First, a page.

The Economy, Major Problem of the Decade for Americans

Within days of the decade’s end, Gallup reviews the major trends and how Americans reacted to them.  The four key trends looked at were:  U.S. Satisfaction; Most Important Problem; Presidential Job Approval and Congressional Job Approval.

Gallup: At the start of this decade, Americans’ satisfaction with the direction of the country stood at 69%, near the record-high 71% established in early 1999 that was fueled by a booming economy. Satisfaction levels quickly descended in 2001 as economic concerns mounted, and fell below 50% in mid-August of that year (48%). However, in the first few months after the 2001 terrorist attacks, public satisfaction quickly rebounded — part of a broader “rally around the flag” effect triggered by 9/11 — reaching 70% in December.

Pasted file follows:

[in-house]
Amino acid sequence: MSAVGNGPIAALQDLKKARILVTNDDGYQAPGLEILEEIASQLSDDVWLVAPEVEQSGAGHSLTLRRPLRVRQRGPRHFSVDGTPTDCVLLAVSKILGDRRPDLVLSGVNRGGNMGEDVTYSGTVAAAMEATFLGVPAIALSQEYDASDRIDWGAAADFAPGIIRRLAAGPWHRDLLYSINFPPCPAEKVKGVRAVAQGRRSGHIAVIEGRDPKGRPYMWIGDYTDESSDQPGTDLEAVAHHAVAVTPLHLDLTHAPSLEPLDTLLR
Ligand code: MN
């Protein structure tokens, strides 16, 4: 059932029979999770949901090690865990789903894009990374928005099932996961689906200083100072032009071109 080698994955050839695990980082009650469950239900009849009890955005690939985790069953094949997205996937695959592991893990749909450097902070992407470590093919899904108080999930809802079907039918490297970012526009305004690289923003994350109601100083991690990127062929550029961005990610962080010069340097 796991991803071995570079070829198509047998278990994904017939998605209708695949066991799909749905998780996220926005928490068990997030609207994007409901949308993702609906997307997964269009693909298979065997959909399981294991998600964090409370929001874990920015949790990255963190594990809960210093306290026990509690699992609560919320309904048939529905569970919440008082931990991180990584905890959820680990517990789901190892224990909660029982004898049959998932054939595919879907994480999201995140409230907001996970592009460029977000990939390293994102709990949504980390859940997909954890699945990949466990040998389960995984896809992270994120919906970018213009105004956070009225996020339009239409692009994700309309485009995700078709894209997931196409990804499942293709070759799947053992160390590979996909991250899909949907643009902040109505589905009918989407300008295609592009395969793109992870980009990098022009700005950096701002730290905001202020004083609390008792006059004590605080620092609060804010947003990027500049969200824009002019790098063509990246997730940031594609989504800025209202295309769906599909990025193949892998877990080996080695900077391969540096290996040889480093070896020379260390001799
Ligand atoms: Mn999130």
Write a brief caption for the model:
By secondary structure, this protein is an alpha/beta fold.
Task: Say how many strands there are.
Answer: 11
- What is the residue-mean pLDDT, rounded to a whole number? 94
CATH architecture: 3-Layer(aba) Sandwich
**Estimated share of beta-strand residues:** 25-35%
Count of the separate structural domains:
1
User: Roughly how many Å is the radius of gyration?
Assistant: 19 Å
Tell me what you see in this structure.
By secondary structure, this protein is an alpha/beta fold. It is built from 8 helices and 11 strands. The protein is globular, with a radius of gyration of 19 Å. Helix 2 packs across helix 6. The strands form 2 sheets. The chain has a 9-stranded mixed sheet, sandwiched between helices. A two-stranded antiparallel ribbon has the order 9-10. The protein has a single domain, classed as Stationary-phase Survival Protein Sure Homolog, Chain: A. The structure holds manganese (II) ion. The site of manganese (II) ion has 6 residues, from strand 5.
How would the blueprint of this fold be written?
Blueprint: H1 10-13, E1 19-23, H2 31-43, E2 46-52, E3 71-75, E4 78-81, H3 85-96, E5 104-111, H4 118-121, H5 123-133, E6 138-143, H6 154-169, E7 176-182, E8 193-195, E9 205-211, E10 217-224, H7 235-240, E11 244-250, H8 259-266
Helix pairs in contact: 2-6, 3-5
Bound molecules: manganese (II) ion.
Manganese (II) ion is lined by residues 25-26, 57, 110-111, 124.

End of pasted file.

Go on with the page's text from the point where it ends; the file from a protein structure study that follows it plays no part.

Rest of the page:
As might be imagined, Americans have identified a wide variety of issues as being “the most important problem facing this country” when asked this question throughout the decade. In Gallup’s last reading of the decade — in December 2009 — 29 different problems were mentioned by at least 1% of Americans.


The accompanying graph tracks the decade-long trends in Americans’ mentions of four of these problems: 1) the economy (a category that includes all mentions of economic issues); 2) terrorism; 3) wars (a category including either general mentions of wars or mentions of wars in Iraq and Afghanistan specifically); and 4) healthcare.

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